DEQ staff spotlight on Lynda Viray, in honor of Filipino American History Month

Lynda Viray, taking a selfie, social distancing and enjoying coffee on vacation.

Filipino Americans make up one of the largest ethnic groups in the United States with nearly 20,000 residing in the State of Oregon. Every October we celebrate Filipino heritage to increase awareness of the significant role Filipinos have played in American history.

We had the opportunity to talk to Lynda Viray, someone who knows first hand about Filipino American heritage, to learn about her role at the Oregon Department of Quality, her background and what makes her tick. Lynda’s story is a reminder of the social, cultural, intellectual and economic contributions of Filipino Americans in the nation and Oregon.

What do you do at DEQ?

I am a planner in the Air Quality Planning Section and currently work on the Diesel Emissions Mitigation Grant program. I’ve been with DEQ since March 2020 and previously worked at Oregon Department of Transportation on the Statewide Transportation Improvement Fund.

Lynda's family
Lynda enjoying time with her family.

What’s your biggest challenge as a Filipino American?

I find the biggest challenge as a Filipino American is a lack of a diversity in Oregon. I grew up in the Bay Area and prior to Oregon lived in New York City and most recently Honolulu. Also, Filipinos often get swept under the general Asian Pacific Islander umbrella.

The API community at-large is important for coalition building and solidarity efforts, but we are not one monolith group with the same exact issues. We are notably facing similar harassment and violence due to a rise of anti-Asian sentiments.

I hope that we all learn, empathize and recognize the different history and heritages that exist and continue to have much needed representation.

Lynda Viray

The CDC published a report that added Asian Americans to the list of groups disproportionately affected by COVID-19 but this doesn’t note that the subgroup of Filipino Americans being more heavily impacted by others. Filipinos have high COVID-19 infections and deaths due to the large representation of Filipino health care workers in part due to immigration. This commonly affects Filipino families who often live in multigenerational housing. A Center for Health Journalism article references other factors and barriers such as undocumented status, lack of health insurance and economic insecurity. Our data should be disaggregated to understand the deeper impacts on the Filipino community.

Lynda’s spouse , Tai (left), brothers and parents – a close-knit Filipino family which often extend to distant cousins, godparents and one’s barkada or gang of friends.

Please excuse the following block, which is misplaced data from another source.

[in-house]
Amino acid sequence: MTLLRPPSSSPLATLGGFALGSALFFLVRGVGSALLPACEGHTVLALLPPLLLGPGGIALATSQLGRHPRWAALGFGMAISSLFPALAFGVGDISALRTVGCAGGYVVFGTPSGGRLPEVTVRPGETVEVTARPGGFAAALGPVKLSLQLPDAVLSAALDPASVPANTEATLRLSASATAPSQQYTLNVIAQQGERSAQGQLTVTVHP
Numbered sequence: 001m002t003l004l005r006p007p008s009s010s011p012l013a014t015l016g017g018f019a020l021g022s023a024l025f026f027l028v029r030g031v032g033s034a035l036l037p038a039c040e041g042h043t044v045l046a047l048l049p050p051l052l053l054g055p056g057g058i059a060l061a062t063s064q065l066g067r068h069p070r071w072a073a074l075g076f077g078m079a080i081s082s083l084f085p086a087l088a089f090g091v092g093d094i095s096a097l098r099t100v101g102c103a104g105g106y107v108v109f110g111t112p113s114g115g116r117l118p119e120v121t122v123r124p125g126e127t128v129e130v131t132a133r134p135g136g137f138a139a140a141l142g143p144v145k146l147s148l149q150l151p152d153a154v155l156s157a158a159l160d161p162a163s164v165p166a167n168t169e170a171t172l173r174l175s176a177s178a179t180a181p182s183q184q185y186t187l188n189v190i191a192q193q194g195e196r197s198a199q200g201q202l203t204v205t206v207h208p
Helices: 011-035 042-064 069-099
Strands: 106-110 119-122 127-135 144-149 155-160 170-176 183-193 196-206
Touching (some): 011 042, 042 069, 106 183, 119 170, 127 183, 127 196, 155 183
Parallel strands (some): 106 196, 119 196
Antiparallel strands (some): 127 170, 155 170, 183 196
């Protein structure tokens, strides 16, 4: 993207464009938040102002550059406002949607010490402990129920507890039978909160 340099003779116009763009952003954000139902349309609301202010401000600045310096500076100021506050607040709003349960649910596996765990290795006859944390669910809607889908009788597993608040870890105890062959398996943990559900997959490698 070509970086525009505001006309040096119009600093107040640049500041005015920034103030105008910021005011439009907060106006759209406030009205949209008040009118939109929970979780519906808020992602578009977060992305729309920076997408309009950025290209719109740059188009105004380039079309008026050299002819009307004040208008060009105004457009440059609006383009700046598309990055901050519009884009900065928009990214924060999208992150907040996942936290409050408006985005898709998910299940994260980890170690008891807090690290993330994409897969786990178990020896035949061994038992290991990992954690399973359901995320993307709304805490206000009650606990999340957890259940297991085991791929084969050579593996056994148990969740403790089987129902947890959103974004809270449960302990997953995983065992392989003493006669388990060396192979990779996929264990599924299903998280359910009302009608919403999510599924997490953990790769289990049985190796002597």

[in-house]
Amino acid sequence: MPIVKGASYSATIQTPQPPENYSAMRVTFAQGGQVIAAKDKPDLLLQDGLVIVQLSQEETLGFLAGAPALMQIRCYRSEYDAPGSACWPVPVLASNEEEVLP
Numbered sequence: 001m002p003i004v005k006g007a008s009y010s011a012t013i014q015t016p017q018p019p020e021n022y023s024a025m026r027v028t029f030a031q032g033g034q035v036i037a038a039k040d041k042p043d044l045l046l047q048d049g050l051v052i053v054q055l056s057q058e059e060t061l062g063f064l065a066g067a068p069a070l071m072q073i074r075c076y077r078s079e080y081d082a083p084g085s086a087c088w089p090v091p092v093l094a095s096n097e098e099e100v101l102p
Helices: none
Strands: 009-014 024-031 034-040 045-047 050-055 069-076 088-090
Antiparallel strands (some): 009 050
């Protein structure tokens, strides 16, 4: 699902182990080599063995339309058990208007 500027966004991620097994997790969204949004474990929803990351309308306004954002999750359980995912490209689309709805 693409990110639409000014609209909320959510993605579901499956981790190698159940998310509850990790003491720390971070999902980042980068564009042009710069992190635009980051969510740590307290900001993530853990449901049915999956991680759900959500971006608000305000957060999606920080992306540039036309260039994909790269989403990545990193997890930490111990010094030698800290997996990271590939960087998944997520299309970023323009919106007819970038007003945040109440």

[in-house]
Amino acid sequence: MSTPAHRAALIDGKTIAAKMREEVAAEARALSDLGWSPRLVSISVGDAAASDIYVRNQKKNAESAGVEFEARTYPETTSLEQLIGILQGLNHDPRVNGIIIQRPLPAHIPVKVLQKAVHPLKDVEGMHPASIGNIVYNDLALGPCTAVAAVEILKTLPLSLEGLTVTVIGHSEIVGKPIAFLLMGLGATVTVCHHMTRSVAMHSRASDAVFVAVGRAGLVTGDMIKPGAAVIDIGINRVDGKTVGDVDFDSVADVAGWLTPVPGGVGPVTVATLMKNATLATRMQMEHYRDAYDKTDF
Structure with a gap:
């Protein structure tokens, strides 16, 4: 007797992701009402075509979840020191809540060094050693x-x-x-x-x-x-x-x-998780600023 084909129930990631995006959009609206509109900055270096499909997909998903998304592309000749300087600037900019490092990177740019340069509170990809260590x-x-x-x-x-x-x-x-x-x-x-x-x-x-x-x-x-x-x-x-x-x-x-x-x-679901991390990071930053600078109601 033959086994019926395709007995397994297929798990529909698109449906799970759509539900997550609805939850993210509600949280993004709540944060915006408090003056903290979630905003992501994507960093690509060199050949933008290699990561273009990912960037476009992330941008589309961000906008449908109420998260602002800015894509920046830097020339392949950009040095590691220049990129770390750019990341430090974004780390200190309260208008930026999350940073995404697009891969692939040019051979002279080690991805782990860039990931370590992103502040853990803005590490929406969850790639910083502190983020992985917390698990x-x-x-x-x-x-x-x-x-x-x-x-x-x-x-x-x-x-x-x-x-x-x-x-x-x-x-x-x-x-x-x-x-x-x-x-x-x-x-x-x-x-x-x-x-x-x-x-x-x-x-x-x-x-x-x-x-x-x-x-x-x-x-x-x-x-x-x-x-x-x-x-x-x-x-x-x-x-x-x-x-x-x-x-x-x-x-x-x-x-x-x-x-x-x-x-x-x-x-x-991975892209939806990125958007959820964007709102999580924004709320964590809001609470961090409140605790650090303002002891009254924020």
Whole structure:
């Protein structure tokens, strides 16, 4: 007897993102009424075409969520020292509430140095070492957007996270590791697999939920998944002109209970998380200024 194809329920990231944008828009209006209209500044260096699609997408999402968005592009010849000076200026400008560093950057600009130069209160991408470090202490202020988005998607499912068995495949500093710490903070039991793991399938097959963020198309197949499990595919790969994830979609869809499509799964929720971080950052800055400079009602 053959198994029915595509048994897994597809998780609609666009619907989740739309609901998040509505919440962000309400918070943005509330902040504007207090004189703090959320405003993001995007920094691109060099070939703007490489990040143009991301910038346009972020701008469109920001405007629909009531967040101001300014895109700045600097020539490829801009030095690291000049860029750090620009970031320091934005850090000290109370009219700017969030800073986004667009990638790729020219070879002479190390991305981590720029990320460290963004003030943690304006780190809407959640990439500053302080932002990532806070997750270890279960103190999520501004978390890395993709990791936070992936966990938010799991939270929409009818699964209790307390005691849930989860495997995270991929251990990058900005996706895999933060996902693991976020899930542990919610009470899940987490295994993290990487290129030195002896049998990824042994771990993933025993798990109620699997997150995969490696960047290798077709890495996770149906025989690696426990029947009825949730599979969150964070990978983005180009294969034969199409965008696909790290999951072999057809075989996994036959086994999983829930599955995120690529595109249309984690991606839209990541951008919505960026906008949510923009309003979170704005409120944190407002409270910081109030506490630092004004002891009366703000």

In one of DEQ’s Diversity, Equity and Inclusion Conference staff sessions specifically called “Chinese and Chinese-Americans in Oregon from 1865 to Current Day,” there was a bar graph from a 2018 American Community Survey showing the wage gap is different for each AAPI community. This showed Taiwanese, Indian, Malaysian, Chinese, Japanese, Korean, Sri Lankan, Pakistani, Filipino, Indonesian, Mongolian, Bangladeshi, Fijian, Thai, Guamanian/Chamorro, Vietnamese, Hawaiian, Laotian, Cambodian, Hmong, Samoan, Tongan, Nepali, and Burmese. The slide stated: The “model minority” myth, furthers the misconception that AAPI’s don’t need additional resources or support. This is particular acute in Asian women, who are hidden in non-disaggregated data.

How do you hope to see DEQ or the world address these challenges?

There are several Diversity, Equity and Inclusion, commonly referred to as DEI, efforts in motion at DEQ that are exciting to see, such as hiring a new DEI Coordinator, establishing a DEI Council comprised of staff and leadership team members and incorporating a DEI Article in the union contract. I think this pandemic and working remotely has made it difficult to connect with others. However, the creation of four staff affinity groups, specifically the Black, Indigenous, People of Color or BIPOC affinity group for staff and managers, has been a resource in finding folks who understand challenges and difficulties. I hope that we all learn, empathize and recognize the different history and heritages that exist and continue to have much needed representation.

Tell me about your hobbies and interests?

I like listening to k-pop music from BTS, Exo, Ikon, Shinee, and Ateez to name a few. I enjoy live stand-up comedy shows and one of my favorite comedians is actually a Fil-Am one, Jo Koy. I binge-watch series such as Squid Game, Insecure, Ru Paul’s Drag Race, One Punch Man, Wu-Tang: An American Saga, and Reservation Dogs. I also listen to podcasts Asian Enough, They Call Us Bruce, Be Antiracist with Ibram X. Kendi, and The Read.

Lynda’s brother and cousins are seen here in their Filipino traditional clothing called a Barong (embroidered long sleeved formal shirt).


Lynda earned her Bachelor’s Degree in Business Management Economics from University of California, Santa Cruz and has a Master’s Degree in Sustainability Management from Columbia University.

Learn more about Filipino American History Month here.

-Jennifer K. Flynt, public affairs specialist

Published by Oregon Department of Environmental Quality

DEQ’s mission is to be a leader in restoring, maintaining and enhancing the quality of Oregon’s air, land and water.

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